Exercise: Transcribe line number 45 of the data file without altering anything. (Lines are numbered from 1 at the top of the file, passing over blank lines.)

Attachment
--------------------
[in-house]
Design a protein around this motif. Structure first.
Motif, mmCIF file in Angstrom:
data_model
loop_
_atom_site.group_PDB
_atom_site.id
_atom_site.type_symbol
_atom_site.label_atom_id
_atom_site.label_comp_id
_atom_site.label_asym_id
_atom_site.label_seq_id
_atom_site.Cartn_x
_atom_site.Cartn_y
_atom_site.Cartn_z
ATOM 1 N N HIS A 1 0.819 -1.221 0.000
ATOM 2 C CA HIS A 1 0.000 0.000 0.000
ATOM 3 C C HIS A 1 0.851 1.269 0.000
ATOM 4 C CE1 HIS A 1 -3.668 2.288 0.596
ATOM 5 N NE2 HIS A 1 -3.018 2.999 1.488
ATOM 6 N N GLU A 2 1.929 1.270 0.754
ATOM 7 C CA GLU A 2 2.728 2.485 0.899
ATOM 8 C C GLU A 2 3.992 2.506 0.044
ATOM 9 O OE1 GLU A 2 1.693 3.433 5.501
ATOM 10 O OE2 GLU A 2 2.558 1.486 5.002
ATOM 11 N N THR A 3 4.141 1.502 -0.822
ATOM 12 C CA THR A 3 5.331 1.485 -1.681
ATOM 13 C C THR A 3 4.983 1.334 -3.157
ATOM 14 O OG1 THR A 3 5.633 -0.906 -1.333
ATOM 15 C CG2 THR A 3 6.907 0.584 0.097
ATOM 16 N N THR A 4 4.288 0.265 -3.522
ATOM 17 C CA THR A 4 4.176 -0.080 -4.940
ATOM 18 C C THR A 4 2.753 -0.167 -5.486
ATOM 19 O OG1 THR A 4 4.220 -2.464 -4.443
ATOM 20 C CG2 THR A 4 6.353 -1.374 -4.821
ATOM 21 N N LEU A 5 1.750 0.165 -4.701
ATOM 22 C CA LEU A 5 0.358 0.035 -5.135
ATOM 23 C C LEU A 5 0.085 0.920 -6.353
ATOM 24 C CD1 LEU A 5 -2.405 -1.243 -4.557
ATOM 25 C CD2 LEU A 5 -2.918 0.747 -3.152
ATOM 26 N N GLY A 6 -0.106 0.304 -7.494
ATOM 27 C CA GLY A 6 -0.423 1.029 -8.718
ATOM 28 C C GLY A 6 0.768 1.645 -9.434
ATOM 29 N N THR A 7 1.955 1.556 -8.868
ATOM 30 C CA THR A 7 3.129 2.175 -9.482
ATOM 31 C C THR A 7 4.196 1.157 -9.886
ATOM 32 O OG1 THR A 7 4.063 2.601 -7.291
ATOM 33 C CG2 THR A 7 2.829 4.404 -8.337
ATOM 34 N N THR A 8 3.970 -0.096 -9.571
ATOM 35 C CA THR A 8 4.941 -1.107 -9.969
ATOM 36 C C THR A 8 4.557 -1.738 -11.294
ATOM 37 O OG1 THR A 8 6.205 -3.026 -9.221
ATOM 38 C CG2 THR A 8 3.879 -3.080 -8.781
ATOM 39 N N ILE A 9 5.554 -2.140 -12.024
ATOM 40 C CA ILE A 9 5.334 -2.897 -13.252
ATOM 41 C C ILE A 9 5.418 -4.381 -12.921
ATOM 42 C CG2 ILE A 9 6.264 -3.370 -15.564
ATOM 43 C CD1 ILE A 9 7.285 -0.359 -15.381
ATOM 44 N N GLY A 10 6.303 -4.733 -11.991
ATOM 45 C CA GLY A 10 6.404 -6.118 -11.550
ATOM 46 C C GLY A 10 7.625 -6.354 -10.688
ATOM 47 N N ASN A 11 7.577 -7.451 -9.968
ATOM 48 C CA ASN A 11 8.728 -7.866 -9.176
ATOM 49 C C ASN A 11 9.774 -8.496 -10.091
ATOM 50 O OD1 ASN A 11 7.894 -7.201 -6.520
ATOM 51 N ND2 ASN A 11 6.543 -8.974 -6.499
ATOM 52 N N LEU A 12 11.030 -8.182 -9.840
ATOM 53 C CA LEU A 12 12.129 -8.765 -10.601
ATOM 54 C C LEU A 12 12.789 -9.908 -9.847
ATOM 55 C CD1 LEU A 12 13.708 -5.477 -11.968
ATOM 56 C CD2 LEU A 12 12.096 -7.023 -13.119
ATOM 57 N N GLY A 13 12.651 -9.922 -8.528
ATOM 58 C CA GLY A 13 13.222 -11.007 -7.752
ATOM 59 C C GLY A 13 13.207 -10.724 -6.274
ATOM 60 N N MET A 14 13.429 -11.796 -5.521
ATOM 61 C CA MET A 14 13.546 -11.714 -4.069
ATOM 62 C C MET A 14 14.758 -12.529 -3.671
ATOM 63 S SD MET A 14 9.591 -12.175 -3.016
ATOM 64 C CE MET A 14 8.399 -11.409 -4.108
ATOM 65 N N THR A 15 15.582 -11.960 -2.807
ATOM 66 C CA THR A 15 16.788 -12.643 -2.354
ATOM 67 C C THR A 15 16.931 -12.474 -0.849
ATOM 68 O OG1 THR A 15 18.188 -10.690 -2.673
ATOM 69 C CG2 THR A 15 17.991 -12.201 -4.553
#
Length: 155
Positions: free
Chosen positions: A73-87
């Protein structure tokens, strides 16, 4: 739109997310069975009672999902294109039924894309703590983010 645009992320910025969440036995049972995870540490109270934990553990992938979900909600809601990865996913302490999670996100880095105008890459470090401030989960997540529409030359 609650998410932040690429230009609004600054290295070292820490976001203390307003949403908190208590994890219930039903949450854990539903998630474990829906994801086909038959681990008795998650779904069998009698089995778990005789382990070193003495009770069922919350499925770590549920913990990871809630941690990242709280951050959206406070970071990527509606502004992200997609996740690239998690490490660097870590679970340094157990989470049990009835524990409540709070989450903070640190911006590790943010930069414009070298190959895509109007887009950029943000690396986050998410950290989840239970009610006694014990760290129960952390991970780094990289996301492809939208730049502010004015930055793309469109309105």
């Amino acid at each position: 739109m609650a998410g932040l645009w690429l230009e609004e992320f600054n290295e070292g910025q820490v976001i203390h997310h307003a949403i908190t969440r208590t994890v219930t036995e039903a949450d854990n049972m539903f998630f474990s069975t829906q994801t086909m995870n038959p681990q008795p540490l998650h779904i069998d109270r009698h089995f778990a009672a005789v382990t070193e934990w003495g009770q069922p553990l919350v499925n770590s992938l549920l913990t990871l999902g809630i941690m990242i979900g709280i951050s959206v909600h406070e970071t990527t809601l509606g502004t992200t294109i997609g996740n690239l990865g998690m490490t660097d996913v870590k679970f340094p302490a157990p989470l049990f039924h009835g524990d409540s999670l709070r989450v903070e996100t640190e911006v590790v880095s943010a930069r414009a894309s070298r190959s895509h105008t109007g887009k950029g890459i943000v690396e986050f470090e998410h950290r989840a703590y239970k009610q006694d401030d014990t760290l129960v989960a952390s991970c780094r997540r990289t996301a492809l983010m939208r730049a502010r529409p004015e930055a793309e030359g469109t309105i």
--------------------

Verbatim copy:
ATOM 30 C CA THR A 7 3.129 2.175 -9.482